Cleaning silver in an eco-friendly way without chemicals can be easily accomplished using common household items. Here are our best tips and tricks.
Many of you may initially dismiss the notion of silver cleaning without the typical specialized products available on the market. After all, these products tend to be polluting, harsh on the skin, and not consistently efficient.
However, the ingredients necessary for achieving environmentally friendly silver shine are likely already present in your household. Let’s explore what they are, starting with our most recommended method.
How to clean silver using only tinfoil, baking soda and salt
Get the following things:
- 1 glass or Pyrex bowl to store the objects you need to clean
- kitchen aluminum foil
- 2 tablespoons of baking soda
- 1 tablespoon of coarse salt
- 1 liter of water.
Let’s now move on to the steps to follow:
- Bring water to the boil. Once it comes to the boil, pour it into your container for about three quarters of its capacity.
- Line the bowl with aluminum, carefully fixing it along the edges and with the shiny side towards the inside.
- Pour baking soda and salt into the bowl
- Pour the boiling water carefully into the bowl. The white smoke and sizzling you will observe will be completely normal and will not splash on you or cause burning when inhaled.
- Immerse the silver to be cleaned in the saline solution thus created and use rubber gloves or pliers to avoid burning yourself.
- When filling the bowl with your silver objects, start with the cutlery and place them on the bottom, making them adhere well to the aluminum. Unlike other utensils, cutlery is the one that suffers oxidation the most and requires a few more minutes of immersion.
- This method consists of leaving the silver to soak for the time necessary to remove the oxidation patina – i.e. a few minutes – without the need to rub.
- Once removed from the mixture of water, bicarbonate and salt, the object must be dried perfectly immediately so that contact with the air does not oxidize it again.
Why this method of cleaning silver works
If you want to know more, the effectiveness of the procedure is proven by a very basic chemical principle: that of the chemical battery.
Considering, in fact, that the patina that tends to dull the silver is essentially oxide (to which is added the accumulated dirt which over time becomes grease and which bicarbonate is perfectly capable of removing), causing the aluminum of the paper to react kitchenware with salt water and silver, the result is an electrochemical reaction in which the silver ‘gives up’ its oxidation to the aluminum (this is why objects must come into contact with tinfoil).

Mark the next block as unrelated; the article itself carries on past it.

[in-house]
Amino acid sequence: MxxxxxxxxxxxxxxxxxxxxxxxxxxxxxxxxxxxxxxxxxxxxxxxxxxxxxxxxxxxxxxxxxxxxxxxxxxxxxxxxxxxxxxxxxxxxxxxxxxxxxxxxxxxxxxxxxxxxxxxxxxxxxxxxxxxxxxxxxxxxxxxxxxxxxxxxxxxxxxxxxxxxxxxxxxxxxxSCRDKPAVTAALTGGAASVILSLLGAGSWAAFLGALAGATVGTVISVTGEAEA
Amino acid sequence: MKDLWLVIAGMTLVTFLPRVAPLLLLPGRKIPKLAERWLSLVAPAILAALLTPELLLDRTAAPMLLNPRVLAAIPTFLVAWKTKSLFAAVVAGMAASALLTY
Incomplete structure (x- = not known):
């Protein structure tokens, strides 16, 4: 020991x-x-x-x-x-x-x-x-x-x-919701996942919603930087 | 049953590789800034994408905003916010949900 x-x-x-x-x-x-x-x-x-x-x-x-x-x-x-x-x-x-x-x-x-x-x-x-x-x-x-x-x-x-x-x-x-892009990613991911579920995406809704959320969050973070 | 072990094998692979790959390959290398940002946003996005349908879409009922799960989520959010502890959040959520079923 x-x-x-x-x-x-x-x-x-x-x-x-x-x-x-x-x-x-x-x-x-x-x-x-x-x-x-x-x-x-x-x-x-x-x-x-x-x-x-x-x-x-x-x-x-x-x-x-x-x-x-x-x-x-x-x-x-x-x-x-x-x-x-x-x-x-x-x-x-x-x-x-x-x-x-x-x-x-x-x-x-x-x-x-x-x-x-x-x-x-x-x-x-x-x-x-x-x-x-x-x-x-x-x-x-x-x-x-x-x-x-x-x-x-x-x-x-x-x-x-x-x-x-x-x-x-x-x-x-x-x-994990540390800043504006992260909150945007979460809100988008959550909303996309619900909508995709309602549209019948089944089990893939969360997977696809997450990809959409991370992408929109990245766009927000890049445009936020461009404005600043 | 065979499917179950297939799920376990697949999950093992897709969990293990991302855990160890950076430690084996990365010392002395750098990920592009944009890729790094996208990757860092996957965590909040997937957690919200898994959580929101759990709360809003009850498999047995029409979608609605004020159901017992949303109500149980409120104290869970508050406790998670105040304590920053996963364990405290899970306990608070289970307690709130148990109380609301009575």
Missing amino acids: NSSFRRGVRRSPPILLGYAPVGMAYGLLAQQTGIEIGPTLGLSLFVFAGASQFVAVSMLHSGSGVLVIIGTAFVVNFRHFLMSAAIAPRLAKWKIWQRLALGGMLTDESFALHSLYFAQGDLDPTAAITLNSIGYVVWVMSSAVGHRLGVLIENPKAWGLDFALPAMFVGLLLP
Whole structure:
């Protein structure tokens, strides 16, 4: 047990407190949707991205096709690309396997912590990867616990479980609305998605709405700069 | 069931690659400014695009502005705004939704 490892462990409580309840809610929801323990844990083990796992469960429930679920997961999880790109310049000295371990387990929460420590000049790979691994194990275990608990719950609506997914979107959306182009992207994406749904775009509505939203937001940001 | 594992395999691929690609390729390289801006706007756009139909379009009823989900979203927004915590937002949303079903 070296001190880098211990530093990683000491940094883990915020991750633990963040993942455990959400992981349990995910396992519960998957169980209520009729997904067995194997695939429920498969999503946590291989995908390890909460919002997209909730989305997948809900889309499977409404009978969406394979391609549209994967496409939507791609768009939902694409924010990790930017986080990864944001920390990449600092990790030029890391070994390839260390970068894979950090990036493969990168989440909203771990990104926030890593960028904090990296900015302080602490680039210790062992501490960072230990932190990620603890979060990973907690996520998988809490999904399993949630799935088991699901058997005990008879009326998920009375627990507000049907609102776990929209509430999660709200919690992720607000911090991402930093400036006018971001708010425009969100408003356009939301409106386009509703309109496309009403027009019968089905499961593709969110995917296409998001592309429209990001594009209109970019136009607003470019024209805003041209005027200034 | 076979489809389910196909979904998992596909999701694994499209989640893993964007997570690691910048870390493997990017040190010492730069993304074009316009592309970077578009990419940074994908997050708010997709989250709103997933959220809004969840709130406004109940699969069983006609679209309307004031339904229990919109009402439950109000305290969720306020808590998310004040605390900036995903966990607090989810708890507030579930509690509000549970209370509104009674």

In fact, once the silverware has been removed, the water contained in the bowl will appear very cloudy and the aluminum opaque.
One last tip: for the engravings that are more difficult to clean by hand with a dry cloth, the trick is to use a dab of toothpaste which you will delicately rub on the oxidation.
With this simple, economical method and without chemicals, you will be able to clean without harming your health, in a natural way, quickly and without any effort.
Alternative methods to clean silver in an eco-friendly manner
Do you want to see some more natural ways to clean silver? Here they are.
Salt and Vinegar
- Make a paste by mixing 1 tablespoon of salt with white vinegar.
- Apply the paste to the tarnished silver and gently rub using a soft cloth or sponge.
- Rinse with water and dry thoroughly.
Lemon Juice and Olive Oil
- Mix equal parts of lemon juice and olive oil.
- Apply the mixture to a soft cloth or a sponge and gently rub the tarnished areas.
- Wipe off with a clean cloth and buff to a shine.
Cornstarch and Water
- Create a paste by mixing cornstarch and water to make a thick consistency.
- Apply the paste to the tarnished silver and let it dry.
- Once it’s dry, buff it off with a clean cloth.
- Pour club soda into a container and soak the tarnished silver items for a few hours.
- Remove the items and gently rub with a soft cloth or sponge.
- Rinse with water and dry.
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